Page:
Knowing what to bring to the hospital and how to prepare your home can go a long way toward making your experience a little more comfortable.
A breast cancer diagnosis hits you like a Mack truck. You may feel helpless as treatment plans are rapidly tossed your way. I’ve heard from others who blanked out during those first appointments, relying on their care person to take note of what they needed to prepare.
For many, the first round of chemotherapy is scheduled within the first month of diagnosis. Most go in fully unprepared, not knowing what items to bring, or what to have at home to help guide them through such a difficult time.
Not everyone will receive the same regimen, as treatment plans are designed based on several factors. Regardless of the specifics, there are some things you can do to make a difficult experience a little more comfortable.
For personal comfort, I recommend snagging a great travel bag to bring with you to chemotherapy. Make sure the bag is large enough to fit a lap blanket, in case your hospital or treatment center doesn’t provide one.
Here’s what I suggest packing in your chemo bag:
The journal in your chemo bag will be handy for more than just writing down your thoughts. For many, memory loss can be a tricky side effect, and jotting down your questions or thoughts as they come to you will be imperative when you need to remind yourself what questions to ask your provider.
For me, treatment itself wasn’t the hard part. I found it more difficult to stay comfortable on the days between treatments.
When you’re in a medical facility, they usually have most things on hand to help, and your nurses are just a call button away. At home, managing side effects can be tricky — but not impossible.
I started with a good sleep mask to help block light when I needed rest. When hair loss set in, warm beanies and slippers became staples.
Hair loss may come with the loss of eyebrows, eyelashes, and even nose hairs. This can cause your nostrils to dry out, which may lead to frequent nosebleeds. Saline mist spray, travel packs of tissues, Vaseline, and Q-tips may help. Placing a cool mist humidifier in the most-frequented areas of your home can also be beneficial. Be sure to clean it regularly — you don’t want your humidifier to harbor bacteria and worsen things.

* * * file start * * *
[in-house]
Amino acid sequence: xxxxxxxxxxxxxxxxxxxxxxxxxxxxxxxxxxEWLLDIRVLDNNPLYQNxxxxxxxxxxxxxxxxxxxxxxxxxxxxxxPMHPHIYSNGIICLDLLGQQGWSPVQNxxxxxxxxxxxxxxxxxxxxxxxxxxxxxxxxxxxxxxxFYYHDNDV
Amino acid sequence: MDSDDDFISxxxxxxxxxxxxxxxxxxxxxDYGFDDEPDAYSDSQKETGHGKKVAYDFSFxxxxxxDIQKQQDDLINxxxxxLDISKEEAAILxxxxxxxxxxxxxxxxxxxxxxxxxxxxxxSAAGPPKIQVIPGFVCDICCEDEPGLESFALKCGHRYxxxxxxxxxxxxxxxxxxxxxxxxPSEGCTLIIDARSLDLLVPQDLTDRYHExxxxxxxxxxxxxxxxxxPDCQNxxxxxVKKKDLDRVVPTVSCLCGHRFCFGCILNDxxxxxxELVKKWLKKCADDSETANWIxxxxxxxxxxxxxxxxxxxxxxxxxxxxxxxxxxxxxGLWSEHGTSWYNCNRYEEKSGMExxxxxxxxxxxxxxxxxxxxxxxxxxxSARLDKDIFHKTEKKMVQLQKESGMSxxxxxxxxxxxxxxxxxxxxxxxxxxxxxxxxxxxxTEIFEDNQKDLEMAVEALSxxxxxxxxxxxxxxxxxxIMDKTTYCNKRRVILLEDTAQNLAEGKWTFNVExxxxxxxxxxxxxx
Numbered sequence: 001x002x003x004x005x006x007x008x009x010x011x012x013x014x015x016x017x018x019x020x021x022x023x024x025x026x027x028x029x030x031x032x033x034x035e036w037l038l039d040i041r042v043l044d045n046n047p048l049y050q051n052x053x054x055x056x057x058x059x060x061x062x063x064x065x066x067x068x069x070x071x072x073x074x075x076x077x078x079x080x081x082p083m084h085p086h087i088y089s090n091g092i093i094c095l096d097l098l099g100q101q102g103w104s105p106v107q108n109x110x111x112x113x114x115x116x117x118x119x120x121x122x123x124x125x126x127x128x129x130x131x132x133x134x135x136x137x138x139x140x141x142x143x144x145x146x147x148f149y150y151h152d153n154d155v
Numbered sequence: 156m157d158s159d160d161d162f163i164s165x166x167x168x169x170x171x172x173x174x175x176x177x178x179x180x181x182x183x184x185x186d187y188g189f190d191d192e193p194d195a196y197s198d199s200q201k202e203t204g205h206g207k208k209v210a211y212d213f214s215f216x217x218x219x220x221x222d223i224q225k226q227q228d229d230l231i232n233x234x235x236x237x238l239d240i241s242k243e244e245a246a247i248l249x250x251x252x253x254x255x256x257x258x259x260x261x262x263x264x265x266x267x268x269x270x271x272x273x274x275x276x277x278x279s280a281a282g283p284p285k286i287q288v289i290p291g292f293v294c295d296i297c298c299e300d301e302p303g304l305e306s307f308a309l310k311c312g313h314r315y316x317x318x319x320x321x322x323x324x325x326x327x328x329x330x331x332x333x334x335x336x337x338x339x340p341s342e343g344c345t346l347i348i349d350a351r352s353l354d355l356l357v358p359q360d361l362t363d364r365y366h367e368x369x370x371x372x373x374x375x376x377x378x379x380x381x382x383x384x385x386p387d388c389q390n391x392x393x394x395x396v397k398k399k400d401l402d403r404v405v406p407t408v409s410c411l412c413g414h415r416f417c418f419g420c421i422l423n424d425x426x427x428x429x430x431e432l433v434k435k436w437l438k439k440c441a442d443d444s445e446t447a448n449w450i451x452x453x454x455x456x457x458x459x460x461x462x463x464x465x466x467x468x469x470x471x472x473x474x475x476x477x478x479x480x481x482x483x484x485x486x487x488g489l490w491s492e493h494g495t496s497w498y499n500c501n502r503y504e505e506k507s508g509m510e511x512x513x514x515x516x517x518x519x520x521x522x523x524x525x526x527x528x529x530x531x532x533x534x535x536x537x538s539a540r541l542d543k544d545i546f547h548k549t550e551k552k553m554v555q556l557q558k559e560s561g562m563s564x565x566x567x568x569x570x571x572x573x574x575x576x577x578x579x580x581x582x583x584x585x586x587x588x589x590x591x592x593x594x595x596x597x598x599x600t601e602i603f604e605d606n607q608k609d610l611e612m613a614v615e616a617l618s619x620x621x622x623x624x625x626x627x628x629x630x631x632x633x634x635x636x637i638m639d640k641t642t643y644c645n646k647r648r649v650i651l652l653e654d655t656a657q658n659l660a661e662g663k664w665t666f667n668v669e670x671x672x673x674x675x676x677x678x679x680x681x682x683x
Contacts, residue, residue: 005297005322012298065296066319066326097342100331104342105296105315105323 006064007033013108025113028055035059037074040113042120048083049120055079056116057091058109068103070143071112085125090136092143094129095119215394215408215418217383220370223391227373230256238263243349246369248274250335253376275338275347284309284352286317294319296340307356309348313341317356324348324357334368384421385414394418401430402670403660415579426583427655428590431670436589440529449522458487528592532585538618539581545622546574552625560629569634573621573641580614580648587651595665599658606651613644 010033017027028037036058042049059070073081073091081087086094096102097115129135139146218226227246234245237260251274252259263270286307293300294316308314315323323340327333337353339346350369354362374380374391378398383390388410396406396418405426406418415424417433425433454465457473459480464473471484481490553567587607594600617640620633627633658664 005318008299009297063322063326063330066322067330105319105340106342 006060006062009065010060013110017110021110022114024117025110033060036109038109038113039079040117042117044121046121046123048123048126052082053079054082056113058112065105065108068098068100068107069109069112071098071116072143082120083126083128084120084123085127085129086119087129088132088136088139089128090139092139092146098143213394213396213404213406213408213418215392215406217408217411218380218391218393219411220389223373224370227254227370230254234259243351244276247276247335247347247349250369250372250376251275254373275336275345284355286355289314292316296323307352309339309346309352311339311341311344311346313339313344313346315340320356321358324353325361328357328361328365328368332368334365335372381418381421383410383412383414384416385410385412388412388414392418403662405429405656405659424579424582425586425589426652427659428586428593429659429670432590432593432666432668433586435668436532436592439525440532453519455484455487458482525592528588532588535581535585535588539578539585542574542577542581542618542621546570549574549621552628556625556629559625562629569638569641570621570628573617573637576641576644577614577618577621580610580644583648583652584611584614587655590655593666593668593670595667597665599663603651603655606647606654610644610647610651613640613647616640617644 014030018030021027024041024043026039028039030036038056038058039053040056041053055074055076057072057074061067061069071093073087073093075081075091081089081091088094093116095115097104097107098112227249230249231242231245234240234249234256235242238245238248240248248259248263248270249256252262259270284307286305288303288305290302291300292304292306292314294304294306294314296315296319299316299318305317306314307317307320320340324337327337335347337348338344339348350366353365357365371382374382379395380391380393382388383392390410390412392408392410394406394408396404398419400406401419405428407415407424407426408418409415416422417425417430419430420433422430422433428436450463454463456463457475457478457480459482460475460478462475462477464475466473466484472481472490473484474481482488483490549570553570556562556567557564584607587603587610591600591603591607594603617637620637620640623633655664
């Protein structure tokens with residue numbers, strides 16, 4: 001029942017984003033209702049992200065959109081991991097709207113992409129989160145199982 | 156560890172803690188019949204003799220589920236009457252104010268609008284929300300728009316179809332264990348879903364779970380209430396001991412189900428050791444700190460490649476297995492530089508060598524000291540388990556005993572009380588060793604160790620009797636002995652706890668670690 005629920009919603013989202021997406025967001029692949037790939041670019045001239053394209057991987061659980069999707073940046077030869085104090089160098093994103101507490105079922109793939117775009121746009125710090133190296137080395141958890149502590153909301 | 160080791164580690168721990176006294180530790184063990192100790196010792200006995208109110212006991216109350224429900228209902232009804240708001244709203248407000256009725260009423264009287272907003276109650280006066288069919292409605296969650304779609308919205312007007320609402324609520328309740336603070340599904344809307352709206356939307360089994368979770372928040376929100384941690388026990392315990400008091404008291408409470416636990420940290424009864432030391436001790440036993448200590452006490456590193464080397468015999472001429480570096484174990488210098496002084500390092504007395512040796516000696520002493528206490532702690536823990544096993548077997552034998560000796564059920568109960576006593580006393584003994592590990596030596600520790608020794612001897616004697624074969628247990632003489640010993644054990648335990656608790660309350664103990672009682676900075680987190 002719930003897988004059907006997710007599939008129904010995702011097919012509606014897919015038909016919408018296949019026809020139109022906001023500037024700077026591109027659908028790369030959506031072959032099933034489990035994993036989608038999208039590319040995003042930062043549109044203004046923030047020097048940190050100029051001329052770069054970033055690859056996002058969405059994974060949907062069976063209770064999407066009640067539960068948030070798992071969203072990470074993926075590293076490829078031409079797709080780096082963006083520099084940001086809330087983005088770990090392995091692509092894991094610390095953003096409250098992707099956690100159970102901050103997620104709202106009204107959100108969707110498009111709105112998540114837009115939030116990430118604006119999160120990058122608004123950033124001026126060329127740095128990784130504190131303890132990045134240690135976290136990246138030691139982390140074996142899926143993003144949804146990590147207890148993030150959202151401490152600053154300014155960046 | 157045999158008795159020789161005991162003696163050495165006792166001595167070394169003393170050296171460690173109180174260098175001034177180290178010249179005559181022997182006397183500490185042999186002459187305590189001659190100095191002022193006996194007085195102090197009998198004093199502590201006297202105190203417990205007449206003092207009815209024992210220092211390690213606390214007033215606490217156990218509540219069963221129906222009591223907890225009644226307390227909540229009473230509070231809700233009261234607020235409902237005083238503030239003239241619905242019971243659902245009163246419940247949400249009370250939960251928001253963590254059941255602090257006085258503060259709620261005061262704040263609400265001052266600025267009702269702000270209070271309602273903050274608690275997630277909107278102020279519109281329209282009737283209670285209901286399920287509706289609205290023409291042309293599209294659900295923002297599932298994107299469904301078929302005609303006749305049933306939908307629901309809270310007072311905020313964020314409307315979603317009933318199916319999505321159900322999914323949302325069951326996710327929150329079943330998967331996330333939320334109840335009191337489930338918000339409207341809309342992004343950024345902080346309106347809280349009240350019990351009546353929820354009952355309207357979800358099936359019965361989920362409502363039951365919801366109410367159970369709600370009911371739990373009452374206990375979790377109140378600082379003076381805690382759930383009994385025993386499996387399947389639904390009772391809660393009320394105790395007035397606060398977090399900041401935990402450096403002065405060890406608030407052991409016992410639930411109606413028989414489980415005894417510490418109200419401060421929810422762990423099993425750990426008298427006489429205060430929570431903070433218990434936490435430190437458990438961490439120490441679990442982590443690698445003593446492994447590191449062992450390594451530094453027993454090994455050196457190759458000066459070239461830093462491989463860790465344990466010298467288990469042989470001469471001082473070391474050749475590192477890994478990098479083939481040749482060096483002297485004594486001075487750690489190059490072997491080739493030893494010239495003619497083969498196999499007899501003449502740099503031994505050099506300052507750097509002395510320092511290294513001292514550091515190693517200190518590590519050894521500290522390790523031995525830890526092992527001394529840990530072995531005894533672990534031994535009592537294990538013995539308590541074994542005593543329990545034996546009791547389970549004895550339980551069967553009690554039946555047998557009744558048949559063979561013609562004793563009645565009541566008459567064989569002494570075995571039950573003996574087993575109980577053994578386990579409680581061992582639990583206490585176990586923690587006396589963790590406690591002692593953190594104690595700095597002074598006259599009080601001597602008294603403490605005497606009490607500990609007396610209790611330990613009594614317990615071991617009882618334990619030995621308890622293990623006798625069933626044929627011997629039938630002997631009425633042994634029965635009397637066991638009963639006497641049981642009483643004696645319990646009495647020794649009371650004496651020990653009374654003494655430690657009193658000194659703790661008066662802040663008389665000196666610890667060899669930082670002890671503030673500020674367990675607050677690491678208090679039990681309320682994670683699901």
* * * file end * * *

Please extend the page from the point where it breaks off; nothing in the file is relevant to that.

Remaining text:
Mouth sores and dry mouth are also common side effects. Dry mouth lozenges, mouth sore rinse, and a lip sleep mask should help ease the pain and make eating more comfortable. Avoiding irritants, such as alcohol-based mouthwashes also helps.
Think of your home as your cozy safe space. If other things make you feel relaxed and comfortable — battery-powered candles, warm blankets, scents that don’t make you nauseated — make it a point to keep them around.
Out of all the things I could recommend, this one doesn’t cost a penny. Support will be your most valuable tool while undergoing treatment. The ear of a friend or relative can change a person’s mood or outlook greatly when all feels impossible. Laughter will always be the best medicine and will brighten any spirit.
Make sure to take time for those that matter most to you and remember not to shut them out. Many people do not know what to say to a person going through chemotherapy, because they are unaware of the gravity of all someone may face. Be honest, be open, and do not be afraid to ask for help.
Gift cards for gas, food, essentials, or just someone to watch a movie with can go a very long way. If they offer to wash the dishes, let them.
If I could go back and do it all over again, I would receive help with more grace than I initially did. It takes a much stronger person to ask for help and be willing to receive it.
Treatment is hard, and it can feel endless, but there are things you can do to make it a little bit more comfortable. This list has been made with love and good intentions and is meant to provide you with a jumping-off point to prepare for the hardest battle in your darkest time.
Now get prepping, because the rest of your life awaits!
Medically reviewed on November 16, 2022
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